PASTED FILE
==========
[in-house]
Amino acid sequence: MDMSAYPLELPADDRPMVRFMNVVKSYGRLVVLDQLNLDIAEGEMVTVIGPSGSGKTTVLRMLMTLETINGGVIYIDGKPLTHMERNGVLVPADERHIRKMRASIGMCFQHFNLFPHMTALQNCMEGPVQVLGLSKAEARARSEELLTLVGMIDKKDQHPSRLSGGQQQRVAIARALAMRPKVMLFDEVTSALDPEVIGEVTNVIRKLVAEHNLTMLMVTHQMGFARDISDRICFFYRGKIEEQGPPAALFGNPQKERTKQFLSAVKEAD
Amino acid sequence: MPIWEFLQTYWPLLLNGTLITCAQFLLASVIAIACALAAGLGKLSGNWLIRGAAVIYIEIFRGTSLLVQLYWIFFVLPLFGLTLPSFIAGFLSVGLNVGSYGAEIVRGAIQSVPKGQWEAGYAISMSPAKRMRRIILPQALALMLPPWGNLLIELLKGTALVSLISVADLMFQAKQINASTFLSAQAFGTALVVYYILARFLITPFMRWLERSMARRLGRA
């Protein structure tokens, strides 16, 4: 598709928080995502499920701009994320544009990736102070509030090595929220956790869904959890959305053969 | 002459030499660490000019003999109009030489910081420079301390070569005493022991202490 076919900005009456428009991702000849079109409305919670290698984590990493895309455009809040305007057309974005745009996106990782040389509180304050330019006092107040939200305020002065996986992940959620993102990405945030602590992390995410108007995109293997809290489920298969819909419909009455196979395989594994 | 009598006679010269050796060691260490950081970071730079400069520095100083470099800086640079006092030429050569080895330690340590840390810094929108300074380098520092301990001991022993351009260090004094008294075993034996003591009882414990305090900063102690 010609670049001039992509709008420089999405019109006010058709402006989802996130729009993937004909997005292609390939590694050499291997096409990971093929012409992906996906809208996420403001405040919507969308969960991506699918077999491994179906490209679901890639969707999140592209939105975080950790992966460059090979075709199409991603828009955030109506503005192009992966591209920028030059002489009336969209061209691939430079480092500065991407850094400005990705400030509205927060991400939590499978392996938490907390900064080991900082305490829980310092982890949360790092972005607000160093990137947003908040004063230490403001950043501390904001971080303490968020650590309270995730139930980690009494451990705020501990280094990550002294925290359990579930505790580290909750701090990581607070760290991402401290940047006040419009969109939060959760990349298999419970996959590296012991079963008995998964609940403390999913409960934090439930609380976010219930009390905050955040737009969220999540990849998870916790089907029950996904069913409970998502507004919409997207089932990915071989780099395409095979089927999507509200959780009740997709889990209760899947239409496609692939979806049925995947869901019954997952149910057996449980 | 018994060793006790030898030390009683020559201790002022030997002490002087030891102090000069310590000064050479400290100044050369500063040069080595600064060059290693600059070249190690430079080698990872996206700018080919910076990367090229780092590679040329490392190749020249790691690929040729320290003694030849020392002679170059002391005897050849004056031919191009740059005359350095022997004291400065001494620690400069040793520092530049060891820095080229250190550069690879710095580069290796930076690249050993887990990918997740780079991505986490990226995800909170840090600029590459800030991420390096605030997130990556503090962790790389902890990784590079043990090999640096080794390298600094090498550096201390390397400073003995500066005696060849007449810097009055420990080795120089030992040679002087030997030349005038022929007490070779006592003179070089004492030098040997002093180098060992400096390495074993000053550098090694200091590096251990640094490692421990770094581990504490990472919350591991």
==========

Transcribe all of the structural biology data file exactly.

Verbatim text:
[in-house]
Amino acid sequence: MDMSAYPLELPADDRPMVRFMNVVKSYGRLVVLDQLNLDIAEGEMVTVIGPSGSGKTTVLRMLMTLETINGGVIYIDGKPLTHMERNGVLVPADERHIRKMRASIGMCFQHFNLFPHMTALQNCMEGPVQVLGLSKAEARARSEELLTLVGMIDKKDQHPSRLSGGQQQRVAIARALAMRPKVMLFDEVTSALDPEVIGEVTNVIRKLVAEHNLTMLMVTHQMGFARDISDRICFFYRGKIEEQGPPAALFGNPQKERTKQFLSAVKEAD
Amino acid sequence: MPIWEFLQTYWPLLLNGTLITCAQFLLASVIAIACALAAGLGKLSGNWLIRGAAVIYIEIFRGTSLLVQLYWIFFVLPLFGLTLPSFIAGFLSVGLNVGSYGAEIVRGAIQSVPKGQWEAGYAISMSPAKRMRRIILPQALALMLPPWGNLLIELLKGTALVSLISVADLMFQAKQINASTFLSAQAFGTALVVYYILARFLITPFMRWLERSMARRLGRA
């Protein structure tokens, strides 16, 4: 598709928080995502499920701009994320544009990736102070509030090595929220956790869904959890959305053969 | 002459030499660490000019003999109009030489910081420079301390070569005493022991202490 076919900005009456428009991702000849079109409305919670290698984590990493895309455009809040305007057309974005745009996106990782040389509180304050330019006092107040939200305020002065996986992940959620993102990405945030602590992390995410108007995109293997809290489920298969819909419909009455196979395989594994 | 009598006679010269050796060691260490950081970071730079400069520095100083470099800086640079006092030429050569080895330690340590840390810094929108300074380098520092301990001991022993351009260090004094008294075993034996003591009882414990305090900063102690 010609670049001039992509709008420089999405019109006010058709402006989802996130729009993937004909997005292609390939590694050499291997096409990971093929012409992906996906809208996420403001405040919507969308969960991506699918077999491994179906490209679901890639969707999140592209939105975080950790992966460059090979075709199409991603828009955030109506503005192009992966591209920028030059002489009336969209061209691939430079480092500065991407850094400005990705400030509205927060991400939590499978392996938490907390900064080991900082305490829980310092982890949360790092972005607000160093990137947003908040004063230490403001950043501390904001971080303490968020650590309270995730139930980690009494451990705020501990280094990550002294925290359990579930505790580290909750701090990581607070760290991402401290940047006040419009969109939060959760990349298999419970996959590296012991079963008995998964609940403390999913409960934090439930609380976010219930009390905050955040737009969220999540990849998870916790089907029950996904069913409970998502507004919409997207089932990915071989780099395409095979089927999507509200959780009740997709889990209760899947239409496609692939979806049925995947869901019954997952149910057996449980 | 018994060793006790030898030390009683020559201790002022030997002490002087030891102090000069310590000064050479400290100044050369500063040069080595600064060059290693600059070249190690430079080698990872996206700018080919910076990367090229780092590679040329490392190749020249790691690929040729320290003694030849020392002679170059002391005897050849004056031919191009740059005359350095022997004291400065001494620690400069040793520092530049060891820095080229250190550069690879710095580069290796930076690249050993887990990918997740780079991505986490990226995800909170840090600029590459800030991420390096605030997130990556503090962790790389902890990784590079043990090999640096080794390298600094090498550096201390390397400073003995500066005696060849007449810097009055420990080795120089030992040679002087030997030349005038022929007490070779006592003179070089004492030098040997002093180098060992400096390495074993000053550098090694200091590096251990640094490692421990770094581990504490990472919350591991």